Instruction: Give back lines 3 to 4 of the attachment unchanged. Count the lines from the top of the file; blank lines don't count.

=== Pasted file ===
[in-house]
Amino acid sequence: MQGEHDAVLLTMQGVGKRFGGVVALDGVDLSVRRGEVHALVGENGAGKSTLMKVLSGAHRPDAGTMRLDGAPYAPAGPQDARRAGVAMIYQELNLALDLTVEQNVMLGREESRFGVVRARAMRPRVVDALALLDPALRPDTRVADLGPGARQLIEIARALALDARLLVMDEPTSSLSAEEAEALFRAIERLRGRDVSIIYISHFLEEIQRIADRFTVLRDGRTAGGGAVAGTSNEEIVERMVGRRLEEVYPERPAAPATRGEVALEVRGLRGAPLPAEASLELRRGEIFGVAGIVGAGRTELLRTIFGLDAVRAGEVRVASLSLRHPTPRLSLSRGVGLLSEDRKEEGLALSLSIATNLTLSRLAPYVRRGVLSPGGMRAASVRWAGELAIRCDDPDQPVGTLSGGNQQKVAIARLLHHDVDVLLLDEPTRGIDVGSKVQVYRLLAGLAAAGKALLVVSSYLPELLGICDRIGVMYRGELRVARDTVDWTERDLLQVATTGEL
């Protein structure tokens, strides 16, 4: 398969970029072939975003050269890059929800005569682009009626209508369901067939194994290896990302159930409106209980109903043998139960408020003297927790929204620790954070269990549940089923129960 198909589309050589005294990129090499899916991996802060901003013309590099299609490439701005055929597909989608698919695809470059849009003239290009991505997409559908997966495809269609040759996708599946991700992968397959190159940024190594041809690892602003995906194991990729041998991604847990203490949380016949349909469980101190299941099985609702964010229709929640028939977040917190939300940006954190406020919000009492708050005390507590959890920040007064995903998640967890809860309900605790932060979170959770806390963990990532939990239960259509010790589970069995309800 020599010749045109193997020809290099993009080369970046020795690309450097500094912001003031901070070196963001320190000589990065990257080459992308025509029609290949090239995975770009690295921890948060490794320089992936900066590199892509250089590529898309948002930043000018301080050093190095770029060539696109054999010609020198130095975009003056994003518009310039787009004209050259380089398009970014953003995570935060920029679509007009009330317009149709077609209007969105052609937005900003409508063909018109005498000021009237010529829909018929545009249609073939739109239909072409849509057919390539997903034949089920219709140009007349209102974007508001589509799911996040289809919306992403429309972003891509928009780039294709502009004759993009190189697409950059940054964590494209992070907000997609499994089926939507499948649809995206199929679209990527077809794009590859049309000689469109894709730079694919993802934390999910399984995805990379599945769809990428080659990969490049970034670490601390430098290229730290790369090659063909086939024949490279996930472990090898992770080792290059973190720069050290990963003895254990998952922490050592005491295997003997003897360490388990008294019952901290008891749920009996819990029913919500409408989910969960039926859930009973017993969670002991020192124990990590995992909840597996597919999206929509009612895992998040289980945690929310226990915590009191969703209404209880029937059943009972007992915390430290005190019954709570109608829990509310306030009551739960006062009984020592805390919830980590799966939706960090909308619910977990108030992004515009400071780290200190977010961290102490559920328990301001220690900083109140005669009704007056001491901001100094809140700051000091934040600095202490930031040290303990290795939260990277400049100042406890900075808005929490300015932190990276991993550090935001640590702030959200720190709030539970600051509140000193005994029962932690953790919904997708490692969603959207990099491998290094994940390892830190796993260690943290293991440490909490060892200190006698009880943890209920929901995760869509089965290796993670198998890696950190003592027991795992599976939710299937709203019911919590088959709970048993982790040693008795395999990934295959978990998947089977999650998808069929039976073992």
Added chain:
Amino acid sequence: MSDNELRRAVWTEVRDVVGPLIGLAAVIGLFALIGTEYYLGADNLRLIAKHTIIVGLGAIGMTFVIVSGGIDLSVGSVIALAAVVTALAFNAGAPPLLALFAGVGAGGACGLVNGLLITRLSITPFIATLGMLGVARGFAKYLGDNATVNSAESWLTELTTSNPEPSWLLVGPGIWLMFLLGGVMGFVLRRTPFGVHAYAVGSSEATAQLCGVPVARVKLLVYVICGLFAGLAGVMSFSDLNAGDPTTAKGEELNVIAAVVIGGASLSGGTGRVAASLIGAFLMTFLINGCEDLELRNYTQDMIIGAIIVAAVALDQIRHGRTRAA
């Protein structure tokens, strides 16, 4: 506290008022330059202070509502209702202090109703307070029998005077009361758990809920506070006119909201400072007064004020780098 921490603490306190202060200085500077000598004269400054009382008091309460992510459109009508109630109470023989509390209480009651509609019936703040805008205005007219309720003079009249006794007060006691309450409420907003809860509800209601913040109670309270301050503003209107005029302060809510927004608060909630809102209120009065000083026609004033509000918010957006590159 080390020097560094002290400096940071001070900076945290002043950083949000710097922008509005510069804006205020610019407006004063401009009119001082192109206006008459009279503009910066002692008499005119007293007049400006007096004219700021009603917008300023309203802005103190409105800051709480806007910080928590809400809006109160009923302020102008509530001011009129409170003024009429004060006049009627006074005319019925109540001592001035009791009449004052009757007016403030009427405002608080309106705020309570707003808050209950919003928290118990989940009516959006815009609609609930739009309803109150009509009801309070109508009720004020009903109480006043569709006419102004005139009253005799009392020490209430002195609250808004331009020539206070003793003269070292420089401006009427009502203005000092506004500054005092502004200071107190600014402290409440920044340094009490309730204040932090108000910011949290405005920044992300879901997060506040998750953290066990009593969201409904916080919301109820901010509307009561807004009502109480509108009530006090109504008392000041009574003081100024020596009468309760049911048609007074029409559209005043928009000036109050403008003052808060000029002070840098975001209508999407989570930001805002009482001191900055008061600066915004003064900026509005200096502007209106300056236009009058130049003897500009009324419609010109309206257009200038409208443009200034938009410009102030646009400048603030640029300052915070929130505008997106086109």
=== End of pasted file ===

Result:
């Protein structure tokens, strides 16, 4: 398969970029072939975003050269890059929800005569682009009626209508369901067939194994290896990302159930409106209980109903043998139960408020003297927790929204620790954070269990549940089923129960 198909589309050589005294990129090499899916991996802060901003013309590099299609490439701005055929597909989608698919695809470059849009003239290009991505997409559908997966495809269609040759996708599946991700992968397959190159940024190594041809690892602003995906194991990729041998991604847990203490949380016949349909469980101190299941099985609702964010229709929640028939977040917190939300940006954190406020919000009492708050005390507590959890920040007064995903998640967890809860309900605790932060979170959770806390963990990532939990239960259509010790589970069995309800 020599010749045109193997020809290099993009080369970046020795690309450097500094912001003031901070070196963001320190000589990065990257080459992308025509029609290949090239995975770009690295921890948060490794320089992936900066590199892509250089590529898309948002930043000018301080050093190095770029060539696109054999010609020198130095975009003056994003518009310039787009004209050259380089398009970014953003995570935060920029679509007009009330317009149709077609209007969105052609937005900003409508063909018109005498000021009237010529829909018929545009249609073939739109239909072409849509057919390539997903034949089920219709140009007349209102974007508001589509799911996040289809919306992403429309972003891509928009780039294709502009004759993009190189697409950059940054964590494209992070907000997609499994089926939507499948649809995206199929679209990527077809794009590859049309000689469109894709730079694919993802934390999910399984995805990379599945769809990428080659990969490049970034670490601390430098290229730290790369090659063909086939024949490279996930472990090898992770080792290059973190720069050290990963003895254990998952922490050592005491295997003997003897360490388990008294019952901290008891749920009996819990029913919500409408989910969960039926859930009973017993969670002991020192124990990590995992909840597996597919999206929509009612895992998040289980945690929310226990915590009191969703209404209880029937059943009972007992915390430290005190019954709570109608829990509310306030009551739960006062009984020592805390919830980590799966939706960090909308619910977990108030992004515009400071780290200190977010961290102490559920328990301001220690900083109140005669009704007056001491901001100094809140700051000091934040600095202490930031040290303990290795939260990277400049100042406890900075808005929490300015932190990276991993550090935001640590702030959200720190709030539970600051509140000193005994029962932690953790919904997708490692969603959207990099491998290094994940390892830190796993260690943290293991440490909490060892200190006698009880943890209920929901995760869509089965290796993670198998890696950190003592027991795992599976939710299937709203019911919590088959709970048993982790040693008795395999990934295959978990998947089977999650998808069929039976073992």
Added chain: